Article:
Rhetorical Analysis: Women's Rights Are Human Rights

1772 Words8 Pages
On September 5, 1995, Hillary Rodham Clinton delivered a speech at the United Nations Fourth World Conference on Women entitled, “Women’s Rights Are Human Rights,” which addresses the wrongdoings inflicted upon women and girls while advocating on their behalf for the greater-good. Clinton firmly believed that women, as a whole, play a significant role in humanity and should receive equal treatment, just like any man. Although her speech heavily swings towards solely feminism, her argument never became imperious and she asked that the world envision the change to come if the population permitted women to partake in an ever-changing society. In her speech, Hillary Clinton attempts to make the audience realize that to be female is neither a curse…show more content…
Clinton claims that “It is a violation of human rights when women are doused with gasoline, set on fire, and burned to death because their marriage dowries are deemed too small,” (5) which stirs painful and angry emotion within the audience because everyone present knows that such acts are not justified. The act of another human burning a woman to death is inhumane, an injustice to human kind, and a horrifying image to any and all witnesses. Moreover, when Clinton illustrates this image, it makes listeners envision what the experience would be like for any female. To intensify that moment, Hillary Clinton declares “It is a violation of human rights when babies are denied food, or drowned, or suffocated, or their spines broken simply because they are born girls” (5). Because “drowned” and “suffocated” are words with extremely strong connotation, they aid Clinton in clearly embellishing her aspirations of common folk grasping the horror of what happens to women on the planet. The vision of broken spines serve as thoroughly detailed visuals to support the horror. By this time in Clinton’s argument, she already educated spectators of misdeeds, what was ethical and moral versus unethical and immoral, and put the life of women into perspective; however she did not truly address the benefits of supporting females until later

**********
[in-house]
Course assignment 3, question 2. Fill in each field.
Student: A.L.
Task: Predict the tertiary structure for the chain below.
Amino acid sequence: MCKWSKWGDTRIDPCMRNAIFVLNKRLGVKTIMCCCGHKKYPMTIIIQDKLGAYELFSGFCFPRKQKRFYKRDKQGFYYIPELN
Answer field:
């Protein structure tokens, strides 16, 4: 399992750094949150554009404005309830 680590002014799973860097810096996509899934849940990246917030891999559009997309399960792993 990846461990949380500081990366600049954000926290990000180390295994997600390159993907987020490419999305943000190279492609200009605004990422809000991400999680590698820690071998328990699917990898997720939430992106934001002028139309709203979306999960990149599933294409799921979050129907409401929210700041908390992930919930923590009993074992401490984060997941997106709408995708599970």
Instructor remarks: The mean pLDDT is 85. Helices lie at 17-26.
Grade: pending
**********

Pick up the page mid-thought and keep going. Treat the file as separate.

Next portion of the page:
Open Document